We can tell the last ten items a consumer bought on our site and we can tell the open rate of our email marketing campaigns, but few of us can say how long any one visitor at our event booth spent there and what they picked up.
According to a recent report in the L.A. Times, marketers are widening their focus and preparing to invest more resources in online brand advertising. Unlike direct response advertising, brand advertising is designed to simply promote a specific company, product or service.
The 2013 Online Advertising Performance Report by the CMO Council and Vizu (a Niesen company) showed that 64 percent of marketers plan to allocate more budget spend to online brand advertising this year. Additionally, 69 percent indicated a growing interest in mobile advertising and 64 percent are increasing their interest in video advertising.
According to the CMO Council’s new Brand Automation for Local Activation study, 59 per cent of respondents believe local marketing is essential to growth and profitability, yet struggle to develop strategies and measure its effectiveness. Just seven per cent claimed to have highly evolved campaigns and measurements in place to active local customers.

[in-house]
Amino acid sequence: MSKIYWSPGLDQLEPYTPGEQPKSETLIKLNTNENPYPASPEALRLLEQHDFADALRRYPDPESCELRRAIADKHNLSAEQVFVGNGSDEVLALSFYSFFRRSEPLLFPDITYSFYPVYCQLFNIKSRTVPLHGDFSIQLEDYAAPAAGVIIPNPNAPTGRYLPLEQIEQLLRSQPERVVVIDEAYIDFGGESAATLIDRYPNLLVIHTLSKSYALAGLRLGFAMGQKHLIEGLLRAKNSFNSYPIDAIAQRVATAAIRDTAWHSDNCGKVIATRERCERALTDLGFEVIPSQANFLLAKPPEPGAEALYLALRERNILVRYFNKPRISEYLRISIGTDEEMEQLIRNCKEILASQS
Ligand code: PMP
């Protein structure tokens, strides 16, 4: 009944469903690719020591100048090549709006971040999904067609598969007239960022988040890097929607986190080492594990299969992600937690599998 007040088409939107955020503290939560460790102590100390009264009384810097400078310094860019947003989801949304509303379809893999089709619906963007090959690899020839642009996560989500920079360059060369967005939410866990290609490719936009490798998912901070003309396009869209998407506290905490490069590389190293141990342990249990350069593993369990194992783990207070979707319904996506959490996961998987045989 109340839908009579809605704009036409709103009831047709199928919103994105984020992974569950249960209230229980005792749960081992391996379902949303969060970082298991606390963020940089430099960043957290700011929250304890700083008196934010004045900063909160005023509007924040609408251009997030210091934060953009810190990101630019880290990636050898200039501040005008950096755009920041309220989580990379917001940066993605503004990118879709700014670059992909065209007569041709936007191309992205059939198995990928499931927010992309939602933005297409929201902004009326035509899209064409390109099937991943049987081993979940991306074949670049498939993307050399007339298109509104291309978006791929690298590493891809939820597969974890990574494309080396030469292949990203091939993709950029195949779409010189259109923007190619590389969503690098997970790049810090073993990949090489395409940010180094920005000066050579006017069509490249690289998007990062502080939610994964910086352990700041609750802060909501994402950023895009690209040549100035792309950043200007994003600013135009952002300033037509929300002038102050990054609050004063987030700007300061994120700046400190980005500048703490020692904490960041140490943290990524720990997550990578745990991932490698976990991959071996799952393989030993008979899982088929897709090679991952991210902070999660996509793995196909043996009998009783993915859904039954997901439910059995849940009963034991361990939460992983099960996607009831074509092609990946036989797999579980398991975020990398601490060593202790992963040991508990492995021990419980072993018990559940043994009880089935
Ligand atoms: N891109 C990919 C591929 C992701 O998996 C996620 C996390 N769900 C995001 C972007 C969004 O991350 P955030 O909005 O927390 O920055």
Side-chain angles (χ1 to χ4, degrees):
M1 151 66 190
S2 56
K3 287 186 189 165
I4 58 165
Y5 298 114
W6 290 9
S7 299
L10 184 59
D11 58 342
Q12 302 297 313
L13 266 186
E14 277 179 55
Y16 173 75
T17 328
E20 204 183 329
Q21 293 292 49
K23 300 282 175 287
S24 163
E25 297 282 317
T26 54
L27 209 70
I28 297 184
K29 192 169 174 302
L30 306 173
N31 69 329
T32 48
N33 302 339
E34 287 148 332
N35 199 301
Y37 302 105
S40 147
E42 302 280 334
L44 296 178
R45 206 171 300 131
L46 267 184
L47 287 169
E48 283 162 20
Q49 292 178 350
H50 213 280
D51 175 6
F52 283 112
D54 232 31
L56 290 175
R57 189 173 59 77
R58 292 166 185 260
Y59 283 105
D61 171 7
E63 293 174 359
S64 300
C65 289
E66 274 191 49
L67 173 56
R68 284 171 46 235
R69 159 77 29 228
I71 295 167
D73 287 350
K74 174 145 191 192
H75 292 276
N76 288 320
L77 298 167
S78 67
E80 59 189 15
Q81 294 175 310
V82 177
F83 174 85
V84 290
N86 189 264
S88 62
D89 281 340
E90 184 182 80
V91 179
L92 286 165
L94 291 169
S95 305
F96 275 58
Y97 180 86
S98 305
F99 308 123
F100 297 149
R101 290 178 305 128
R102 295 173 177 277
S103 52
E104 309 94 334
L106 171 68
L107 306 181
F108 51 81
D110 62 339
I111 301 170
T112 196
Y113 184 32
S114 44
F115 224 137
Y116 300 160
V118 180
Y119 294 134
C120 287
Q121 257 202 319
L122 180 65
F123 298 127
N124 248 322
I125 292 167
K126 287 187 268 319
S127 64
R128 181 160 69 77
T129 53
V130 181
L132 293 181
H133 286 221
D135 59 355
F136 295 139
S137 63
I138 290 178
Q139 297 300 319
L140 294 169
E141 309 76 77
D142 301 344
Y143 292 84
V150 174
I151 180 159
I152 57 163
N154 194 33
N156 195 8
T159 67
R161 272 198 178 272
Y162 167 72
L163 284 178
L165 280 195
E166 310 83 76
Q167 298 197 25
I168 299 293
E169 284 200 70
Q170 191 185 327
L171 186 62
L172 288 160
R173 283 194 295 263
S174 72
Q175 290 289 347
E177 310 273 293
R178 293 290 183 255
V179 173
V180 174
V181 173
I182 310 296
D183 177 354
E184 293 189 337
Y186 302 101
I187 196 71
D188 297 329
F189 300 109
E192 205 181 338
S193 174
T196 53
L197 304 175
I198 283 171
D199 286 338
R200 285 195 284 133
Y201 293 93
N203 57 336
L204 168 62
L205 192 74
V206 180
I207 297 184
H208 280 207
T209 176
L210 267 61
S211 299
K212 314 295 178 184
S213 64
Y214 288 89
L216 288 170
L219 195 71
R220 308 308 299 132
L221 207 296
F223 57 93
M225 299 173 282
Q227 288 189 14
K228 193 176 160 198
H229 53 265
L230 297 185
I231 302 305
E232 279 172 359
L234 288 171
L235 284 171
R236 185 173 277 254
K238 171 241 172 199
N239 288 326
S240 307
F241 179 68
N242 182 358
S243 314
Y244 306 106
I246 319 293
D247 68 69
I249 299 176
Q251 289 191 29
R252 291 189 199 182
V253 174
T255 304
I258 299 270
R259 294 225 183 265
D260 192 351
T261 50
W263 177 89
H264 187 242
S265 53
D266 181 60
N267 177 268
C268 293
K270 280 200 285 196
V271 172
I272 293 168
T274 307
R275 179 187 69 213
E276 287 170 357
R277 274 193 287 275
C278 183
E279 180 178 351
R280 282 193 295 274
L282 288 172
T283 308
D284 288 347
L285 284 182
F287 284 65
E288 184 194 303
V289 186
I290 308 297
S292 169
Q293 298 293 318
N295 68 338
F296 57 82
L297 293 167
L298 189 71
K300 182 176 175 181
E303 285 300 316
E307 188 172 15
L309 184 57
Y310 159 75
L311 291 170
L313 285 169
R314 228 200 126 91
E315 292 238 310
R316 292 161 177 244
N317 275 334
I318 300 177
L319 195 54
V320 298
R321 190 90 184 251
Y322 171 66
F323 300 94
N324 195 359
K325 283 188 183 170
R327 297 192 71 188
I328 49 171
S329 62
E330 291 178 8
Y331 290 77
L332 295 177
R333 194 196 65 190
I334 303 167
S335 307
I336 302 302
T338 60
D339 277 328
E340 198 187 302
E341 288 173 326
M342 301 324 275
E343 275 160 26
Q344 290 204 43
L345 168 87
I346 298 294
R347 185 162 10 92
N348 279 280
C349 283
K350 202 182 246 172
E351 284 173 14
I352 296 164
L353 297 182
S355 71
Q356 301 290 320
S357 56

We know that consumers prefer mobile experiences, but if you’re a marketer, there’s a good chance you’ve noticed a campaign on your phone or tablet that has not been designed for mobile. It seems many marketers are still considering mobile as an afterthought, despite the opportunities it presents, and will continue to present as mobile penetration explodes.
In its most recent annual report on the state of marketing, the CMO Council found that only 12 percent of respondents view their agency partners as “extremely valuable.” And nearly half (47 percent) characterized their agencies as being average, underperforming, or not producing at all. Gack!
According to the 2013 Online Advertising Performance Outlook, a report produced jointly by Vizu, a Nielsen company, and the CMO Council, advertisers are changing how they view the online medium. "Long the bastion for direct response, marketers are now embracing online for branding purposes aimed at shifting consumer perception," Nielsen says.
The amount of data zooming in and out of companies continues to climb. There's company, product, and pricing information; competitive information; and customers' demographic, behavioral, and attitudinal data as well. Plus, all of this data has to be communicated over multiple channels. It can be overwhelming to say the least. So when it comes to addressing customers' immediate personal needs, marketers can use all the help they can get. That's what marketing automation sets out to accomplish.